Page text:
Yes, your kid needs a cellphone. I'm not going to tell you a specific age, but it should be before high school.
Whenever I give a presentation on internet safety, I talk about the many dangers of the internet, as well as how parents can educate themselves and have meaningful conversations with their children about all of it.
There will always be someone in the audience — or in the comments section of every story I write — who says, "This is exactly why I will never buy my child a cellphone." To which I say, then you are setting up your child to be disadvantaged in many aspects of life.
Right now in the United States, 100 percent of people ages 18-29 own a cellphone, according to the Pew Research Center. One hundred percent. So, obviously, the kids whose parents denied them a cellphone while living at home went out and bought one after they turned 18 anyway.
I feel the majority of what I write about focuses on possible dangers. So today, here are just some of the reasons I think every child should have a cellphone.
How many times have you rushed from work to pick up your kid from soccer practice, only to get there to wait 30 minutes because practice started late? A phone allows your child to send a quick text so you don't waste your time.
Or flip it and think of when you are running late picking up your child from dance because of traffic. Instead of your daughter being worried you have forgotten her, you shoot her a quick message.
Another convenience is the tracking features that some may call stalking, but I call parenting. It's nice to be able to check with a few taps (and without nagging) to see if your child has made it to play practice or to a friend's house.
I'll never forget the first time I found out my friend had a mobile phone. Another driver hit us and my friend pulled over, yanked a large bag out of her console, unzipped it and pulled out a huge brick phone. It was such a relief that she had the ability (only to be used in emergencies) to call the police and her parents.
Today, who knows what type of emergencies our children could have? It could be a car accident. It could also be feeling uncomfortable at a party when everyone starts drinking alcohol. A cellphone can be a lifesaver for a teenager to notify someone for help.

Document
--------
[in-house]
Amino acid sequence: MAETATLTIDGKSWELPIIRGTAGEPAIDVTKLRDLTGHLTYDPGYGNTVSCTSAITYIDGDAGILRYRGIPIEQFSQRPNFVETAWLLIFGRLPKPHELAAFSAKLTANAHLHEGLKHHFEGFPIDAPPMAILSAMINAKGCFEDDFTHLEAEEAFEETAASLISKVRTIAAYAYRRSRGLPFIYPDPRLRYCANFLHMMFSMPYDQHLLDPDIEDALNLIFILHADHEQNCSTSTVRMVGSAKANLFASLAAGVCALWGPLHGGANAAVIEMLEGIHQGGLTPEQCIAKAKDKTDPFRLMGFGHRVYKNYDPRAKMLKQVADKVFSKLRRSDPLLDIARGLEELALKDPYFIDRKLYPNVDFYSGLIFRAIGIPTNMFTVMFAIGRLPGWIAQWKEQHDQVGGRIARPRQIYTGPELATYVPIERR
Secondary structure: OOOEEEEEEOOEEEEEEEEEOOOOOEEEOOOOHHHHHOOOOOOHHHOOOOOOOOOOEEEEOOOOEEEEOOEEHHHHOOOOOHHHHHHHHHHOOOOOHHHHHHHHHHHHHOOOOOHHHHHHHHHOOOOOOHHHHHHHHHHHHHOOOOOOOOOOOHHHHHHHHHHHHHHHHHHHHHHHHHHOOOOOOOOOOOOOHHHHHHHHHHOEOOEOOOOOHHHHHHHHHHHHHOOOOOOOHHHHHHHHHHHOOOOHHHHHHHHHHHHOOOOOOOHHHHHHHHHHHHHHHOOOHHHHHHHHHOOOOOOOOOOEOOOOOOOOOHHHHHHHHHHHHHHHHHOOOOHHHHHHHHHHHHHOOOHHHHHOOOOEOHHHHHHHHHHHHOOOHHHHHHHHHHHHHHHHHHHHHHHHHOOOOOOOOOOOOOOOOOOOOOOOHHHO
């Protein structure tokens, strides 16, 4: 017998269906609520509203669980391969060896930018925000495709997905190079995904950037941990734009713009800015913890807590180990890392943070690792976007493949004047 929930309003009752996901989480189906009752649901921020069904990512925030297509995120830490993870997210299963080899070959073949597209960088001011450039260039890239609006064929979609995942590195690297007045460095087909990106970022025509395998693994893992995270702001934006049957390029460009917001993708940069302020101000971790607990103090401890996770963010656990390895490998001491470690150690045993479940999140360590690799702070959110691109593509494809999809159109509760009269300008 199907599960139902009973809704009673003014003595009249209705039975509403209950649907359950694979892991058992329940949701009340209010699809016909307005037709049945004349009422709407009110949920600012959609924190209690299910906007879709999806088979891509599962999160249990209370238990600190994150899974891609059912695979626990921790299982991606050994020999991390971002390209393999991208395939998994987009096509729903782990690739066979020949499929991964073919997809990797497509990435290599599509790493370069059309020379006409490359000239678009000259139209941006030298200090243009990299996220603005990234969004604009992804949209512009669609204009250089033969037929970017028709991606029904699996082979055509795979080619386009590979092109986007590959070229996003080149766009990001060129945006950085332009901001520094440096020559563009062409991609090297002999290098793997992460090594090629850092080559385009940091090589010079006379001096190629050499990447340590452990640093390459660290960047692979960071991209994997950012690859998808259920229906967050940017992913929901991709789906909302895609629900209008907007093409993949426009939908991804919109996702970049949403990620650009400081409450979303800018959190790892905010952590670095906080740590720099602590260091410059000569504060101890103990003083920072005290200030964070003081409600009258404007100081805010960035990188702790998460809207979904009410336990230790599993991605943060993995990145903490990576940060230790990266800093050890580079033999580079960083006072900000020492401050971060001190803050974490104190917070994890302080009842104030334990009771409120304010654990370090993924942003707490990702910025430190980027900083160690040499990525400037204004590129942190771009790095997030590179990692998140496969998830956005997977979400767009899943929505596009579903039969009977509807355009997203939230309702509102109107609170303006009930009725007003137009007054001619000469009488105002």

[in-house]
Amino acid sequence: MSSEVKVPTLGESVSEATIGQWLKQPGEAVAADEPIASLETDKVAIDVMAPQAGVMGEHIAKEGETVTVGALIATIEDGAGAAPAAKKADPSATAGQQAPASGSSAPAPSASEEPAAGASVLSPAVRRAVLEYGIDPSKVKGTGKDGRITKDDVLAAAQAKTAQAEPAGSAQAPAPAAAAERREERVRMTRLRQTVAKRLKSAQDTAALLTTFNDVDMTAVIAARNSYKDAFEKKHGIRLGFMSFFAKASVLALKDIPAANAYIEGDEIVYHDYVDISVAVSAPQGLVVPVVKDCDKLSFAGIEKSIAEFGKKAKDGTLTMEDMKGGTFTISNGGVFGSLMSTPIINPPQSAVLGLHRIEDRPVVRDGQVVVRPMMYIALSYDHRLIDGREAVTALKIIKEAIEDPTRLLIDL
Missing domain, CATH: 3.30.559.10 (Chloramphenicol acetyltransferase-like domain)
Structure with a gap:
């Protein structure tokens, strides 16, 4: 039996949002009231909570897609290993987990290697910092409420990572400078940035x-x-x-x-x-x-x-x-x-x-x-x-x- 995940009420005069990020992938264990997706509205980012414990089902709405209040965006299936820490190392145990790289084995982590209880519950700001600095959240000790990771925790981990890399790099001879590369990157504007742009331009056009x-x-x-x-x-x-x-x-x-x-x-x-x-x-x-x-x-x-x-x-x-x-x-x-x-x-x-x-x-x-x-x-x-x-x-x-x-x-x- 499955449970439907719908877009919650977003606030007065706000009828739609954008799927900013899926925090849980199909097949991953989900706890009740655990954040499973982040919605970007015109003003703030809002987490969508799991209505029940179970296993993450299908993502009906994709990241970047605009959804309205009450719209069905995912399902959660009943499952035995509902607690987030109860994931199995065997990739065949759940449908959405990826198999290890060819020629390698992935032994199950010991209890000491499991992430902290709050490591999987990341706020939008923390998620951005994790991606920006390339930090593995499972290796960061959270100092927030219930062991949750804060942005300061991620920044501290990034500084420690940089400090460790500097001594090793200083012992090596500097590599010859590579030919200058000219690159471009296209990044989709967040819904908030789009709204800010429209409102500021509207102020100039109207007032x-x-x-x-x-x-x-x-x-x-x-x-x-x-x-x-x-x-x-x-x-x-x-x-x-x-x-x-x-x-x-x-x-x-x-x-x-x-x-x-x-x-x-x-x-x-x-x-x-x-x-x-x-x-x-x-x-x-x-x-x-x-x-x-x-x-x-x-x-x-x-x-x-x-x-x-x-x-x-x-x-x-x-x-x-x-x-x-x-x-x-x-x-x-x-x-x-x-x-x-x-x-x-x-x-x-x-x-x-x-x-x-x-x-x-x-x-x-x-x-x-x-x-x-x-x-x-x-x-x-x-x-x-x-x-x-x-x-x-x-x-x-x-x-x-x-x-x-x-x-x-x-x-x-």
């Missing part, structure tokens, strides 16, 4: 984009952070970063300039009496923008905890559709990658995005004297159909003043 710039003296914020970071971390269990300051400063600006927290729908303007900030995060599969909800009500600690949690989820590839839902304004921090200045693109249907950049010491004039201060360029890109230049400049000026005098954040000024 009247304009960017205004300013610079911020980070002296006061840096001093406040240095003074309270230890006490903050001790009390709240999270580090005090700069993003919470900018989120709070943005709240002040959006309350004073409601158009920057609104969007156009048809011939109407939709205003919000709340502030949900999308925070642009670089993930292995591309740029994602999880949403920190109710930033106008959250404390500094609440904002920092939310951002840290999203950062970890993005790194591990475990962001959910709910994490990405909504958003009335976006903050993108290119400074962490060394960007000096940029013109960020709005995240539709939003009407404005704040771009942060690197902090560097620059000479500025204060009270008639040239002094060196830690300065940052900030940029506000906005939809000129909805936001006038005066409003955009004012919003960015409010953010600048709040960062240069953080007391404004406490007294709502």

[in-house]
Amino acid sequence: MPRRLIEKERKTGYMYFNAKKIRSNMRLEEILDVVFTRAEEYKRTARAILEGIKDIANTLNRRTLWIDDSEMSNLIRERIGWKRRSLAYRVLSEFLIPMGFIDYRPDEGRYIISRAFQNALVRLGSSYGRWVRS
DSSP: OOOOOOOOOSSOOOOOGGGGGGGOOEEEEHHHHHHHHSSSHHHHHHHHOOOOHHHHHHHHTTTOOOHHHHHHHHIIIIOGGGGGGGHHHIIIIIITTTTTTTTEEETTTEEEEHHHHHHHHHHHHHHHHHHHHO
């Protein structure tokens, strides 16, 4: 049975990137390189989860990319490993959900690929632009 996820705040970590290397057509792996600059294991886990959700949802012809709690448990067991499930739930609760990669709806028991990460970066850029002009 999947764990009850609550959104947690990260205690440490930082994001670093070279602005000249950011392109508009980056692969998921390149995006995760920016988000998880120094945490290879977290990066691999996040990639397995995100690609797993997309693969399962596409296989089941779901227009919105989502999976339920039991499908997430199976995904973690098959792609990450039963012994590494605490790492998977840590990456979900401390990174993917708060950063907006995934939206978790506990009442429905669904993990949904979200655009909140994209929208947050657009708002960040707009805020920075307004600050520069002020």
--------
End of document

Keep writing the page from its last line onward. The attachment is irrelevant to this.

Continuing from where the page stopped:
The navigational tools are helpful too. When kids start driving, teaching them how to use these (hands-free) can save them from a lot of stress and from getting lost.
Just like buying a dog to teach responsibility, a phone helps children learn how to do things for themselves. Teens can use reminders for schoolwork or tasks for church or clubs.
They can also check their own calendars to keep track of practices and work schedules. And their phone is with them all the time, so no writing down something on their hand until they jot it down on a physical calendar.
Remember, kids want these phones and — if mature enough — will take care of them. Plus, they likely won't tire of them (like with a dog), and you won't get stuck with them when they head off to college.
Yes, students could do these on a laptop, but it's great that they can use their phones to catch up while you're driving them to band practice. A phone also gives students an easy way to check their grades to be more responsible for their own educational success.
There is no doubt that children communicate most with their friends though phones. Of course, they hang out together and still talk for hours, but they make all the plans through social media or texting.
If your child doesn't have the ability to text or use social media, will they be left out? Maybe. Maybe not. But they will definitely feel more connected to their peers with these options in hand. And don't forget family.
My kids text their grandparents and FaceTime with cousins who live states away. The ability of aunts and uncles and Cousin Taylor to keep up with (and be supportive of) your children's lives through social media is invaluable.
We are preparing our children to be independent thinkers and problem-solvers. We are not preparing our children to be 20-somethings who need parents to hold their hand every step of adulthood. A cellphone is a good way to help kids — with supervision — become responsible, connected citizens of this digital world.
Yes, there are downsides, but don't let thoughts of those disadvantages take you too far in the extreme. Decide which age is right for your child, and buy them a phone. Then guide them with lots of encouragement and communication into their cellphone-wielding future.